• When it was an independent nation, Vermont was able to create laws that completely banned slavery.
  • Vermont the state got its name in 1647 when the French explorer Samuel de Champlain drew it on a map, and named it Verd Mont which means "green mountain."
  • After a while, Verd Mont became known by its English name, Vermont.
  • The official song of Vermont used to be 'Moonlight', but in the '90s this was changed because it was too decided that it was difficult for people to sing.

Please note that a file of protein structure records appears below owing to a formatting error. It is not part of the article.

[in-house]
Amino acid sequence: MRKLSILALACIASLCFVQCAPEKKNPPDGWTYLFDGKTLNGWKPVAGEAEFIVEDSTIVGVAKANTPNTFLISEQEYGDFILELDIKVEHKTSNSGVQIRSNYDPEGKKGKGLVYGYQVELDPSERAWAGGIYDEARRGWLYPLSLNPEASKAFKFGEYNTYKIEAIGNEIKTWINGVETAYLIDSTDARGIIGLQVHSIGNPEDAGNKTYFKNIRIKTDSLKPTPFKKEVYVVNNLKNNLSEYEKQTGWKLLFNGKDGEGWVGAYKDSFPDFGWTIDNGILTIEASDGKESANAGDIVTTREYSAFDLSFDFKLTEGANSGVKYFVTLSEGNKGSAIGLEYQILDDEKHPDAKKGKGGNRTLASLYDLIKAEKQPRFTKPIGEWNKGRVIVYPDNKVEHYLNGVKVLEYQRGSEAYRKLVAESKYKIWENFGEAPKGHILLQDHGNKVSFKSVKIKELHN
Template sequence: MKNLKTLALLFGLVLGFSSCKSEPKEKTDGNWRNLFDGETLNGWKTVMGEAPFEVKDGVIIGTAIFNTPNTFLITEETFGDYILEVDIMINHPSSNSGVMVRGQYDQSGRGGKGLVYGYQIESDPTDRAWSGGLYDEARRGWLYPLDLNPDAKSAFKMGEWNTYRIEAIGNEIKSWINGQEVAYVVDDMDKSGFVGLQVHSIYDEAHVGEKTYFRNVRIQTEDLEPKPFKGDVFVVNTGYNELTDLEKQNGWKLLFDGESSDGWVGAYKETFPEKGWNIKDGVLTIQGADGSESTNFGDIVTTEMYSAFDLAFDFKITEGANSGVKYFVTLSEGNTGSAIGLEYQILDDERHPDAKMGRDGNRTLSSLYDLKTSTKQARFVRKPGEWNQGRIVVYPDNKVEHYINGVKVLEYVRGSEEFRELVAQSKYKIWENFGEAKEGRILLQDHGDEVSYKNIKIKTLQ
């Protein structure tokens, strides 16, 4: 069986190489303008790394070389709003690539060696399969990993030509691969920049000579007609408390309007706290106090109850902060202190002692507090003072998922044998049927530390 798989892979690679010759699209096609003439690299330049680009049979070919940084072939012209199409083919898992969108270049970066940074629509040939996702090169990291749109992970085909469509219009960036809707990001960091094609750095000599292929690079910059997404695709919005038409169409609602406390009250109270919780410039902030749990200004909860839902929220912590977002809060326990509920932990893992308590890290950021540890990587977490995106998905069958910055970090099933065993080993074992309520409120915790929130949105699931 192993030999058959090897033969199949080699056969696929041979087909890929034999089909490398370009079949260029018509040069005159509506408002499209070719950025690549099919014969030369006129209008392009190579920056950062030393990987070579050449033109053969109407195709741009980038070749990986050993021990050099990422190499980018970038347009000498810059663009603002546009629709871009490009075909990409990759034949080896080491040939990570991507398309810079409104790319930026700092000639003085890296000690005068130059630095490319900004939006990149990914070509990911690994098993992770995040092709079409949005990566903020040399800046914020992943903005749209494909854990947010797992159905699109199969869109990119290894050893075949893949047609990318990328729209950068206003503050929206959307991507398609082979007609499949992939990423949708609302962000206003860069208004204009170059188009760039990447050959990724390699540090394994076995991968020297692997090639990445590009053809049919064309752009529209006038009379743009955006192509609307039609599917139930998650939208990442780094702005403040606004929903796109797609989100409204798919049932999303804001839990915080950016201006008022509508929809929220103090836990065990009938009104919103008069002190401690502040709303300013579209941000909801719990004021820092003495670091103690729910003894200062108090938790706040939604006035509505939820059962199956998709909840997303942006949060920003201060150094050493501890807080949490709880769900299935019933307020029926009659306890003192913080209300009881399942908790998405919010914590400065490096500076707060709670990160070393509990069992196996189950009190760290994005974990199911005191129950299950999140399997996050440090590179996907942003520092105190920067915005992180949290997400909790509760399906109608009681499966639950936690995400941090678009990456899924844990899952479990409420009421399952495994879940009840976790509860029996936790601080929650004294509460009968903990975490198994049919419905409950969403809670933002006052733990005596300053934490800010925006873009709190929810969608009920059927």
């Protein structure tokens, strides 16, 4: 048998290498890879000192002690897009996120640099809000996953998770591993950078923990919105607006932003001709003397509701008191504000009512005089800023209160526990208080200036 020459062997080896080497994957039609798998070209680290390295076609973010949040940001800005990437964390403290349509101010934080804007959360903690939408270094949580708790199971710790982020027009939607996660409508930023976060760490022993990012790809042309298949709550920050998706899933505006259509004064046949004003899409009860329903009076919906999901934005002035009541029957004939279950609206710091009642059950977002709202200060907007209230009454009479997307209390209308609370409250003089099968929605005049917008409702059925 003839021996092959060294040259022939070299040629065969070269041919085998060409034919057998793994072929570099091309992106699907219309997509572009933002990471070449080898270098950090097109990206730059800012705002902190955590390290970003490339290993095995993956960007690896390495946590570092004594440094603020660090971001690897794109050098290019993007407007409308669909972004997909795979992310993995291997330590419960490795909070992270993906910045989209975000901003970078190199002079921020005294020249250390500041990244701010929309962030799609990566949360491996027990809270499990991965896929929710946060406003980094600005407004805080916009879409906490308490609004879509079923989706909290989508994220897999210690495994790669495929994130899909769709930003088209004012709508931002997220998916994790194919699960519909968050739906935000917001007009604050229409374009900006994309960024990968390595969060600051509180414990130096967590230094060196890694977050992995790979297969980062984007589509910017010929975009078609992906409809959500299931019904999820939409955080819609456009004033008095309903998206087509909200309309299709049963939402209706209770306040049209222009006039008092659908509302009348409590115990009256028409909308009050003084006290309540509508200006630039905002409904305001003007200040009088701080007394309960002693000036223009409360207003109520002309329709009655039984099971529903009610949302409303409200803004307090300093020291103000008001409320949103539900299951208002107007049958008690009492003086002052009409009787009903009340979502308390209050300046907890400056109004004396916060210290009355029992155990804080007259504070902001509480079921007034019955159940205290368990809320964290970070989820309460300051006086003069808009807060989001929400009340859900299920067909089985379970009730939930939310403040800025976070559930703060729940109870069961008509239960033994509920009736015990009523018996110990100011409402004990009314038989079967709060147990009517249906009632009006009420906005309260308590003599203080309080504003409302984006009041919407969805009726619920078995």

• Another funny law they have is that delivery men must walk backwards towards a house if the house is worth more than 500,000 dollars.
  • It is also illegal to keep a dove in your freezer in Vermont!
  • Another law in the town of Barre is that all residents of the town must bathe every Saturday night.
  • The state capital Montpelier is the only state capital without a McDonald's restaurant. This may be due to the small size of Montpelier and the fact that it is not a very car friendly city.
  • Alexander Twilight was the first African American ever to graduate from college in the United States. He was born in Vermont.